Conoscere il mondo “in sé”: Una critica dell'antirealismo metafisico.Mario Alai - 1993 - Epistemologia 16 (1):123-144.
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  47. What Is Realistic About Putnam’s Internal Realism?David L. Anderson - 1992 - Philosophical Topics 20 (1):49-83.
    Failure to recognize the "realistic" motivations for Putnam's commitment to internal realism has led to a widely shared misunderstanding of Putnam's arguments against metaphysical realism. Realist critics of these arguments frequently offer rebuttals that fail to confront his arguments. Simply put, Putnam's arguments --the brains in a vat argument as well as the model-theoretic argument -- are "reductios" that are intended to show that "metaphysical realism itself is not sufficiently realistic". If that claim can be substantiated then Putnam can go (...)
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  48.  31
    El Realismo de Leyes Naturales: ¿en qué consiste?Edgar Eduardo Rojas Durán - 2017 - Agora 37 (1):177-203.
    This paper aims to answer the question: what does the realism of laws of nature consist of? To achieve this, in the first part, three philosophical accounts of laws of nature are presented and examined: the universalist, the dispositionalist and the counter-factualist. The presentation and examination focuses on the answer given by each of these accounts to the question: what is a law of nature? Later, in the second part, convergences and divergences between these three accounts are shown. Finally, in (...)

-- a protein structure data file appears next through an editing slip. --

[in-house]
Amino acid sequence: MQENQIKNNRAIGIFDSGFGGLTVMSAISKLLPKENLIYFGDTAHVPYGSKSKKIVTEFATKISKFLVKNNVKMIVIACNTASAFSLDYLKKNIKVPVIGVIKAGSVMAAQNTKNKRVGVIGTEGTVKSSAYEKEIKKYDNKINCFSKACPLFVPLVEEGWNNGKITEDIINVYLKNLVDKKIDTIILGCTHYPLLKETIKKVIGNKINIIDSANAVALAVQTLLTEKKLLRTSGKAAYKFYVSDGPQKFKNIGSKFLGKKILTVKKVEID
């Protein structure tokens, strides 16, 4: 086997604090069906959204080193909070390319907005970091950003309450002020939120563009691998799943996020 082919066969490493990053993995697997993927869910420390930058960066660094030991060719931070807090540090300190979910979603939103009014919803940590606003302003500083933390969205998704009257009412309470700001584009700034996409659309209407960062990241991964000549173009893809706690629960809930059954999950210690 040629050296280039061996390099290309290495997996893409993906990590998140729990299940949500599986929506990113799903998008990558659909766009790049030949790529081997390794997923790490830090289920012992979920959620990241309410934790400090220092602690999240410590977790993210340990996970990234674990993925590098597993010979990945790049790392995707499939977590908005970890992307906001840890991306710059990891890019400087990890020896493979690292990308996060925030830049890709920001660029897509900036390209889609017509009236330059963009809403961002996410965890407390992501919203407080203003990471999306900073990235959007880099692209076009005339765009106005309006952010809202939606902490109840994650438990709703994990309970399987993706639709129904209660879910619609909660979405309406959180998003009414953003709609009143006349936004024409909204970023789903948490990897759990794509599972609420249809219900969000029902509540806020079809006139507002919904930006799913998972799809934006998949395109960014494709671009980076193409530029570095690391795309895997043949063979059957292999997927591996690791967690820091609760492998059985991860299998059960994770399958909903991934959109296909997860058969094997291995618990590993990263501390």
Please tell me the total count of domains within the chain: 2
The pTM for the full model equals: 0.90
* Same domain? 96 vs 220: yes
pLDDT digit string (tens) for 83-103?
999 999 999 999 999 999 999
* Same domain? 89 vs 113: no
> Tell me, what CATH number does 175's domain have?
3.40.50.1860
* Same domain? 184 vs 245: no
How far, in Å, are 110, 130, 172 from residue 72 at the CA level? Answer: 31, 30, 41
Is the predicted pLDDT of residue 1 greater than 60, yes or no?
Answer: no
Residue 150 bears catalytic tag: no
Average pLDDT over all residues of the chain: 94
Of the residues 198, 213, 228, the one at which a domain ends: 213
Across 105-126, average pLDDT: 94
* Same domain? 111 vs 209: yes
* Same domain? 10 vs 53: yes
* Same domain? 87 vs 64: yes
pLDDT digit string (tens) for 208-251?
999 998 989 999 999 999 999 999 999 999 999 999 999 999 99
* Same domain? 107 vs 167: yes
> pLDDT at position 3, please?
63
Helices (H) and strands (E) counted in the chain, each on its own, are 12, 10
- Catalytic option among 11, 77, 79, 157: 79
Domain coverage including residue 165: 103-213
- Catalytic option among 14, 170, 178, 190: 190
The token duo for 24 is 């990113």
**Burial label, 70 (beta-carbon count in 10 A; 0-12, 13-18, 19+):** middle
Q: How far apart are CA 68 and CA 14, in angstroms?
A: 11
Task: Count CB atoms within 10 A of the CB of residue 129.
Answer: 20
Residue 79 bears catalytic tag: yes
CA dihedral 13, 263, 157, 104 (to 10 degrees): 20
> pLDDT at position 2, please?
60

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  49.  73
    Hylas e Philonous dieci anni dopo.Maurizio Ferraris & Achille C. Varzi - 2013 - SpazioFilosofico 8 (2):219–227.
    This is a sequel to our dialogue "Che cosa c'è e che cos'è (2003), focusing on the interplay between what there is and what there could be—between actuality and possibility—from the perspective of Hylas (here: the realist philosopher) and from the perspective of Philonous (here: the conventionalist anti-realist).
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  50. Il catalogo universale.Achille C. Varzi - 2008 - In Roberto Finzi & Paolo Zellini (eds.), Forme della ragione. CLUEB. pp. 91–113.
    There are more things between heaven and earth than are dreamt of in our philosophy, says Hamlet. Right. But there are also philosophies that have dreamt of things that are neither here nor there, as Goodman says. There is a danger of suffering from ontological myopia just as there is a danger of suffering from ontological allucination. This paper is about some basic strategies that are available to (or have been elaborated by) philosophers to steer clear of both dangers in (...)